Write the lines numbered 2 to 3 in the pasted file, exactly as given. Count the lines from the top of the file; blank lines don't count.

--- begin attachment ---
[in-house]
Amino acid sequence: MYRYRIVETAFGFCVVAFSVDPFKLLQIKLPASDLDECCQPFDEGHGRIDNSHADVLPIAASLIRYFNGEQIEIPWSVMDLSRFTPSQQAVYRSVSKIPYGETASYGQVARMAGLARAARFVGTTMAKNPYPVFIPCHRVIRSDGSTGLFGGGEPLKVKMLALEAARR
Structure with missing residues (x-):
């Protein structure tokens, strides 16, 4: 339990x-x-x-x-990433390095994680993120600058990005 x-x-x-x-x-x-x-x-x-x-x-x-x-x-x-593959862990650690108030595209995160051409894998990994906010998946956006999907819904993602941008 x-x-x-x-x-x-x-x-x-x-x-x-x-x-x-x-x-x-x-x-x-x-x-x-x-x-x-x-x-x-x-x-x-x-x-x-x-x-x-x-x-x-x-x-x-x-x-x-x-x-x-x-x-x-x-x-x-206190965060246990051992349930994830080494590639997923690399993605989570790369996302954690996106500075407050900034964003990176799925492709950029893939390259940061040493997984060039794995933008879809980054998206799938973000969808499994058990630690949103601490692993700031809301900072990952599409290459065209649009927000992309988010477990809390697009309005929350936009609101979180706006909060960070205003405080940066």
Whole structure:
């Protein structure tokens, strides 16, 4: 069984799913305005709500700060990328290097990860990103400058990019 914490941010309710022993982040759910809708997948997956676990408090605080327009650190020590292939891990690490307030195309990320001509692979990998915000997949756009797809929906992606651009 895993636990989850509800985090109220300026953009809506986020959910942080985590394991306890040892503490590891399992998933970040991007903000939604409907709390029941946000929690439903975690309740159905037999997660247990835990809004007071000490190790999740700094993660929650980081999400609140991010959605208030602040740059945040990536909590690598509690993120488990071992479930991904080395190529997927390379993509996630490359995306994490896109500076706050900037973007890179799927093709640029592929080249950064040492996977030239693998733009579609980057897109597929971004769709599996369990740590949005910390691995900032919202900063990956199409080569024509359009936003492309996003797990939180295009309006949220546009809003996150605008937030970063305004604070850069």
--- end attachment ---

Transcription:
Amino acid sequence: MYRYRIVETAFGFCVVAFSVDPFKLLQIKLPASDLDECCQPFDEGHGRIDNSHADVLPIAASLIRYFNGEQIEIPWSVMDLSRFTPSQQAVYRSVSKIPYGETASYGQVARMAGLARAARFVGTTMAKNPYPVFIPCHRVIRSDGSTGLFGGGEPLKVKMLALEAARR
Structure with missing residues (x-):